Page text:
San Diego Convention Center officials pushing for a $114-million expansion of the bayside hall say the addition would help the facility capture far more of the U.S. convention and trade show market and generate an additional $340 million annually for the local economy.
Officials with the San Diego Convention Center Corp., the nonprofit group that runs the center, base those beliefs on a recently released Convention Center expansion study prepared by CIC Research Inc., a San Diego marketing and economic research firm that focuses on tourism.
The study found that adding 250,000 square feet of floor space to the Convention Center--doubling the exhibit capacity--would directly or indirectly generate about 4,000 tourism-related jobs here and attract enough delegates to boost the Convention Center's impact on San Diego's economy--now at about $580 million annually--to more than $920 million.
Construction of the addition would last about three years.
Convention Center officials are waiting to meet with the San Diego Unified Port District and the city in order to discuss what form the expansion might take and how it would be funded. The Port District, which financed the existing $160-million center, is the landlord.
In October, the City Council voted unanimously to ask the Port District to consider the expansion. The city, which leases the facility from the port for $1 a year, empowers the nonprofit Convention Center corporation to operate the hall.
The expansion would qualify the Convention Center to capture an additional 13% of the market for conventions and trade shows that now book at much larger facilities, hall officials say. Also, the convention and trade show industries continue to grow, and an expanded center would allow more than one convention or show to be hosted simultaneously, according to Donna Alm, a spokeswoman for the center.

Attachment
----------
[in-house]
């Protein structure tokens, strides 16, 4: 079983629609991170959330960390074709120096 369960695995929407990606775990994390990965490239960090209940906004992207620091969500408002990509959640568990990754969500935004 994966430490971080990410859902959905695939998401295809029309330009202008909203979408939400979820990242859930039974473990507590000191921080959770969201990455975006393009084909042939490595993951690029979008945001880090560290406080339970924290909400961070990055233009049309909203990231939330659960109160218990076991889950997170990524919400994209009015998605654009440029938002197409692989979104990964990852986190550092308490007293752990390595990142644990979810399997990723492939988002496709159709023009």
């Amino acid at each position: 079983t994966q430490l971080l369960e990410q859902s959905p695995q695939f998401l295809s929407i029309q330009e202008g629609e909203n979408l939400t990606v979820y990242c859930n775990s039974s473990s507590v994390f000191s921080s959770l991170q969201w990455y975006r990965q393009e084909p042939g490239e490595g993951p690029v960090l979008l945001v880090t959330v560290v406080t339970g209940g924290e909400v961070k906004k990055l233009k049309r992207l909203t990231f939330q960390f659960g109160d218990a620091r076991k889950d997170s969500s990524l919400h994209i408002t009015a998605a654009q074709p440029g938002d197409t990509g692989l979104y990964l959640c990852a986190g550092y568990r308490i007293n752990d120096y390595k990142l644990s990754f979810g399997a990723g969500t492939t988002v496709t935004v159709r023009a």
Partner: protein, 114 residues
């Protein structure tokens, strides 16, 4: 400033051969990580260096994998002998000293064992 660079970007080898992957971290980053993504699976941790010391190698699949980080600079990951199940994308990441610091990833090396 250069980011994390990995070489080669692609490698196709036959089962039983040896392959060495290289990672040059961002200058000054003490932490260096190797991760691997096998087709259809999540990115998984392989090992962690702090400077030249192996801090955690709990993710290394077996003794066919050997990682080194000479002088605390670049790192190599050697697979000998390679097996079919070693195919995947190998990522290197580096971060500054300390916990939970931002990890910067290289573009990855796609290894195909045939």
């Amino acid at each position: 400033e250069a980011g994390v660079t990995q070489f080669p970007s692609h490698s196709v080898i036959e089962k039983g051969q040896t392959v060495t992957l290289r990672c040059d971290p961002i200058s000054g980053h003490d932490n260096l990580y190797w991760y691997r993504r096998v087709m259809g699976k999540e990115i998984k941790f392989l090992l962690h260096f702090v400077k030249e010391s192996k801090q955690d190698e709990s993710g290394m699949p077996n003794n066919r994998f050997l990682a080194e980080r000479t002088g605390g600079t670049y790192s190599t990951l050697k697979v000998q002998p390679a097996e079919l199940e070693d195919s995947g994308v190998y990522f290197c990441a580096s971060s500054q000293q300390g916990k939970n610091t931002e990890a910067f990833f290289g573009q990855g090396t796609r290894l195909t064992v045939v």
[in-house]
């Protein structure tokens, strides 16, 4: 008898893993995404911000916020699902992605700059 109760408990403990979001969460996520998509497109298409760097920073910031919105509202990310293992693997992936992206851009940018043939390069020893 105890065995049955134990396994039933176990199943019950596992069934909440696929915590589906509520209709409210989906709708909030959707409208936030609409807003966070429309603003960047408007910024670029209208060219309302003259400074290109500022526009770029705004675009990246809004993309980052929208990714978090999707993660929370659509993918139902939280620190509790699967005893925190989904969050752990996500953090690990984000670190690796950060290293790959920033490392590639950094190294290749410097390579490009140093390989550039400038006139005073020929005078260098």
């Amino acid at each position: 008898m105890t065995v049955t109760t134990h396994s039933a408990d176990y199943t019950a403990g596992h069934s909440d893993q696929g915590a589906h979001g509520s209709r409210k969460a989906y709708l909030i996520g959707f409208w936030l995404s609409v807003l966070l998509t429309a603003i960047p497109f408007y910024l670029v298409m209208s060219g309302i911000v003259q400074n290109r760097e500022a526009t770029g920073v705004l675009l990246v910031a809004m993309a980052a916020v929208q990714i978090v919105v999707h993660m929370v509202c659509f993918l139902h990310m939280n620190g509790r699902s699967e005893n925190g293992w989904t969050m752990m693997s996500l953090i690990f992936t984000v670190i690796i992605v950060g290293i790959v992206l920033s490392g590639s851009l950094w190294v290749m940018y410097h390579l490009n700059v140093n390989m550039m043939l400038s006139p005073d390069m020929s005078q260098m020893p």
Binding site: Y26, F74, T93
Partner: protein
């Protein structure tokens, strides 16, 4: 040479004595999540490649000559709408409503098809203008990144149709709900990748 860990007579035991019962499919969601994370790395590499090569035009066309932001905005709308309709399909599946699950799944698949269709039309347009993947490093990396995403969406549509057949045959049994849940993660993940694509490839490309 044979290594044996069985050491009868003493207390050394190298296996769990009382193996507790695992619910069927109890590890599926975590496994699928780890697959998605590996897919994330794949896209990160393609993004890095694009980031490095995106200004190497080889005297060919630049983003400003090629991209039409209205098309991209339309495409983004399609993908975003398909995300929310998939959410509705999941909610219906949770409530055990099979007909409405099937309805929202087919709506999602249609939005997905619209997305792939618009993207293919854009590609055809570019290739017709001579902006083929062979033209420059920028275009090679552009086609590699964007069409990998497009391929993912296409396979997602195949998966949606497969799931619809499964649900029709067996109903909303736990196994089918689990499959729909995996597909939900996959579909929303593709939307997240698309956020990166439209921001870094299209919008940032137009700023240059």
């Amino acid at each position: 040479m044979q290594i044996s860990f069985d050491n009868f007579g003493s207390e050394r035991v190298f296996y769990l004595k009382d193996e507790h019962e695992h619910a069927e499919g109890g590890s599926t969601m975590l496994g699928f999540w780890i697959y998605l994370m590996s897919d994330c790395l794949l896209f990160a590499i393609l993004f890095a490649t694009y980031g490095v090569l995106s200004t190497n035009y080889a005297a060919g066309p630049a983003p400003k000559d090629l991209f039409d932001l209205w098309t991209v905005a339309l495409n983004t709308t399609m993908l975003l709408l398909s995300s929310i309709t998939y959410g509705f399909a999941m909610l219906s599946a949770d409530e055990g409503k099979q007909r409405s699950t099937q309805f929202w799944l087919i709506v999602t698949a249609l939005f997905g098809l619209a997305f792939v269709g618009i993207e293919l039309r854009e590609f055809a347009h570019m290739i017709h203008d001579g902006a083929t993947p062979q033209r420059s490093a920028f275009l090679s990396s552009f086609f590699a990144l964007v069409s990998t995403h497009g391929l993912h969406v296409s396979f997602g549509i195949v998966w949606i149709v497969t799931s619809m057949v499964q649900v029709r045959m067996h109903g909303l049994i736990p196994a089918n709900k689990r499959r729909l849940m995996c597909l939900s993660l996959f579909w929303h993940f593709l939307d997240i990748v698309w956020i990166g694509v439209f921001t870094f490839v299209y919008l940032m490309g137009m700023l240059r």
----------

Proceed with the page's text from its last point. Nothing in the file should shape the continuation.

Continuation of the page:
"The fear is that some of the businesses we have booked here will outgrow us before their year comes up," Alm said, referring to clients' reservations, which now stretch as far in advance as the year 2014.
For instance, the American Assn. of Family Physicians, which recently held a five-day convention here with 15,000 delegates, has tentatively signed up for another convention in 2001, when it will need more than 400,000 square feet of exhibit space, according to Reint Reinders, president of the San Diego Convention & Visitors (ConVis) bureau. The caveat is that Convention Center officials must tell the association by 1994 whether San Diego can double the size of its facility. If not, the association may go elsewhere, he said.
The family physician delegates "probably dropped $10 million to $15 million here when you consider how many people they brought" to the Convention Center, Reinders said. "They're the kind of client you'd like to have again."
When built in 1989, the center was the largest on the West Coast. But today it ranks fourth in the West, behind convention centers in San Francisco (500,000 square feet), Los Angeles (on schedule to expand to 500,000 square feet by mid-1993) and Anaheim (500,000 square feet).
Since opening in November, 1989, the Convention Center has attracted 614,000 out-of-town delegates. The CIC study says the existing center is expected to attract 270,000 delegates annually by 1994 and that an expanded center would achieve stable attendance of 430,000 by 1999, assuming the expansion project is completed--as officials hope--by late 1996.
If the center is not expanded by 1997 to meet the needs of large clients, convention officials say, downtown merchants will lose out on an estimated $100 million in potential business annually from delegates. Out-of-town delegates, CIC research shows, average about 39 years in age, have an annual income of $70,000, select flying as the transportation mode to reach San Diego and stay slightly more than four days at hotels while spending about $1,000 during their visits.
Alm said the Convention Center was built with the assumption that it would one day be expanded onto an adjoining, 15-acre parcel south of the center that now serves as a 1,500-car surface parking lot. It is unclear now, she said, where additional parking for an expanded center would be located.
City and Port District officials decided to build a mid-size convention center in order to "allow the local industry to grow into the building," Alm said.
"We have always been behind (in space relative to other major convention centers), and we want to get to a resolution as to when we can get started and what year the project will be completed," said Reinders of ConVis. "There's a lot of demand out there that we have on hold right now because we need to expand the center in order to book the business."